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get tested

Worried you might have an STI? More people are going online to get tested

The most popular age group turning to online testing are people in their twenties.

EARLY DIAGNOSIS OF an sexually transmitted disease means a more effective treatment, but many people can still feel embarrassed about going to a clinic for testing.

Which is why more and more people are going online to test themselves for sexually transmitted infections (STI), new figures published today show.

The Irish Family Planning Association (IFPA) backed service run by Lloyds Online Doctor tested 961 patients in 2014. This is Ireland’s first online testing service, which enables patients to accurately test for chlamydia, gonorrhoea and HIV at home.

The test includes a short questionnaire to assess whether the online service is right for each individual. The test is conducted at home and users can post their sample directly to the laboratory for assessment. Users are then notified of results via a confidential online record. The tests are as accurate as any test from a clinic.

Figures from last year show that women were more proactive than men about getting tested, with 57% of tests taken by women, compared to 43% for men.

Testing positive 

The good news is that just 6% of patients tested positive for an STI, with 60% of these being women, and 40% men.

Of those that received positive test results – 57 were diagnosed for chlamydia, two for gonorrhoea and one for HIV.

The most popular age group turning to online testing are people in their twenties, these make up 44% of those applying for online tests. This is closely followed by those in their thirties. Just under a hundred people in their forties – that’s 97 – took tests and 16 people in their fifties took them.

The oldest person to use the service was 61.

Most tests were by people living in Dublin, at 43%. This is followed by Cork, 13% and Galway and Limerick, at 4%, respectively.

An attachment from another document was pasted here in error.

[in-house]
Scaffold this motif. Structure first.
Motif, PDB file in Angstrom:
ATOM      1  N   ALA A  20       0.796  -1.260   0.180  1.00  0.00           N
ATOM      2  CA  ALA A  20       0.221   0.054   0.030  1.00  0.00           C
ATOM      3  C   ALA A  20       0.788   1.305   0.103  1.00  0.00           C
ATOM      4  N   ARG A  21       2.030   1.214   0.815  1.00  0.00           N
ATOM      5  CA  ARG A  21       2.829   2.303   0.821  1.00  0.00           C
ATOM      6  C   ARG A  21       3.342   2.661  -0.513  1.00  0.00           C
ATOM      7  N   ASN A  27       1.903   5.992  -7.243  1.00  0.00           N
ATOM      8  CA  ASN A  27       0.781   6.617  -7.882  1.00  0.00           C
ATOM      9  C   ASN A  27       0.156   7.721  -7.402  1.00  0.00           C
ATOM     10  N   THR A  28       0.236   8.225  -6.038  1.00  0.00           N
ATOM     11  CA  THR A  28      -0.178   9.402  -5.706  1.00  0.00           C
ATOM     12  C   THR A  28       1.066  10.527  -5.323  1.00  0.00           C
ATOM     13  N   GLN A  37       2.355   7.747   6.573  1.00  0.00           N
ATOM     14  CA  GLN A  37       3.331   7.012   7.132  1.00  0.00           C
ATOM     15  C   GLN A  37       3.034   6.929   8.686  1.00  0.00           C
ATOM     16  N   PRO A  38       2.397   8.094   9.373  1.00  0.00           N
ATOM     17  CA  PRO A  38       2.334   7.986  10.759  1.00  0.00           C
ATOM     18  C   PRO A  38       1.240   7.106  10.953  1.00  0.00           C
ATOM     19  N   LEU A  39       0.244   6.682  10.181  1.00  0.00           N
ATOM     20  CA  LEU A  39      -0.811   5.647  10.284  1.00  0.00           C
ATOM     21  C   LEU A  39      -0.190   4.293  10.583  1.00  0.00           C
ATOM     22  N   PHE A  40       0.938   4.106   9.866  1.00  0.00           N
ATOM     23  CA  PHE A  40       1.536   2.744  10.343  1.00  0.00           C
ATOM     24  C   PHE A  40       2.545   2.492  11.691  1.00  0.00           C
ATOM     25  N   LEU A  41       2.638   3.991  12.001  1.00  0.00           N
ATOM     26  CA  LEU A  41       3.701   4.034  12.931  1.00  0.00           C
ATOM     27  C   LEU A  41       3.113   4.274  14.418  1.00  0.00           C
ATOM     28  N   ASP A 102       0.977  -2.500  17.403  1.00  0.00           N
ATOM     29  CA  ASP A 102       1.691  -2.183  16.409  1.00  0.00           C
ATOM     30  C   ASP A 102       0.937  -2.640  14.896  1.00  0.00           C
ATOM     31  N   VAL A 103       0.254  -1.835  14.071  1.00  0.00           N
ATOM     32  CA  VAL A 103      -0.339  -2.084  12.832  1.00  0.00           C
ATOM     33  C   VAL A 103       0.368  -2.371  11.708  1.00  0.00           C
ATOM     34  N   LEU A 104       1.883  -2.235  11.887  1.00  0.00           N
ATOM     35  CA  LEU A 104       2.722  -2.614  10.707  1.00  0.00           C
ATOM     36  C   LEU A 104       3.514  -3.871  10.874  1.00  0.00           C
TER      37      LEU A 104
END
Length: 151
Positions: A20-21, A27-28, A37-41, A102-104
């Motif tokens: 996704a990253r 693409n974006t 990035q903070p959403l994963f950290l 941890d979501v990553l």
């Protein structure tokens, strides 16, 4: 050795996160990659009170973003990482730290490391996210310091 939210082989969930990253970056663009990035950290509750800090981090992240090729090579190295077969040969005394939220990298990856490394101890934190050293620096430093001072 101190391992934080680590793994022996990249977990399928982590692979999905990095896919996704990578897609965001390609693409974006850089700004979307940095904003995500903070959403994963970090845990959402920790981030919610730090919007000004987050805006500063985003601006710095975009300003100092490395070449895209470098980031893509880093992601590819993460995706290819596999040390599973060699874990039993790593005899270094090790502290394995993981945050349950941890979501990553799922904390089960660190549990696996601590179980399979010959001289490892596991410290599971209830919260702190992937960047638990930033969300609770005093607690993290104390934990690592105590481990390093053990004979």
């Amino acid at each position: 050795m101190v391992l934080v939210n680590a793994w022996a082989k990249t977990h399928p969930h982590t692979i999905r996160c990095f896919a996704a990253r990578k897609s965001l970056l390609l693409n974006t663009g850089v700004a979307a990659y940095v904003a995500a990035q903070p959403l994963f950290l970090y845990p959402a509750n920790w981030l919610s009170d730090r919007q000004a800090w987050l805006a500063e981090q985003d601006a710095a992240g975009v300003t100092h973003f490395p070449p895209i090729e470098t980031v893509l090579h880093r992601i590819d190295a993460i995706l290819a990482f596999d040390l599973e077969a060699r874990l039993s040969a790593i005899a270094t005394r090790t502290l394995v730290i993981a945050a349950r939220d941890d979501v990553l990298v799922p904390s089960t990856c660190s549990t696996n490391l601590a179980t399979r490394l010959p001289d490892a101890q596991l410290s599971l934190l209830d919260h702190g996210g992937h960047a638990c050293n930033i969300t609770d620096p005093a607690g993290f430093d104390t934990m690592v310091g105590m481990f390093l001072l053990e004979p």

Of a sample of males tested, 68% were heterosexual, 23% were homosexual, 7% were bisexual, while 2% did not indicate their sexuality. Of the women that took the at-home test, 98% were heterosexual, 1% were homosexual, while 1% did not indicate their sexuality.

March and October were high test months 

March saw the highest level of patients tested in 2014, with 140 tests taken.

This is followed by October with 89 tests, May with 85 tests and November with 84 tests. September recorded the lowest level of tests taken with 51.

Niall Behan, Chief Executive of the IFPA said the test provides “a further option for people who are concerned they may have contracted a STI, or for those who have difficulties accessing one of our clinics”.

He said sexual health and well-being is an important part of people’s lives at all ages, and this additional service gives people across the country an accessible option.

Stephen Bourke, General Manager, Lloyds Online Doctor said:

Technology has enabled us to provide Irish patients with an affordable, discreet and convenient way to get tested for STIs.

Read: Women need more contraception options to stop unintended pregnancies, HIV and STIs>

Read: ‘To discover you can’t have children because of an STI you got when younger is just heart-breaking’>

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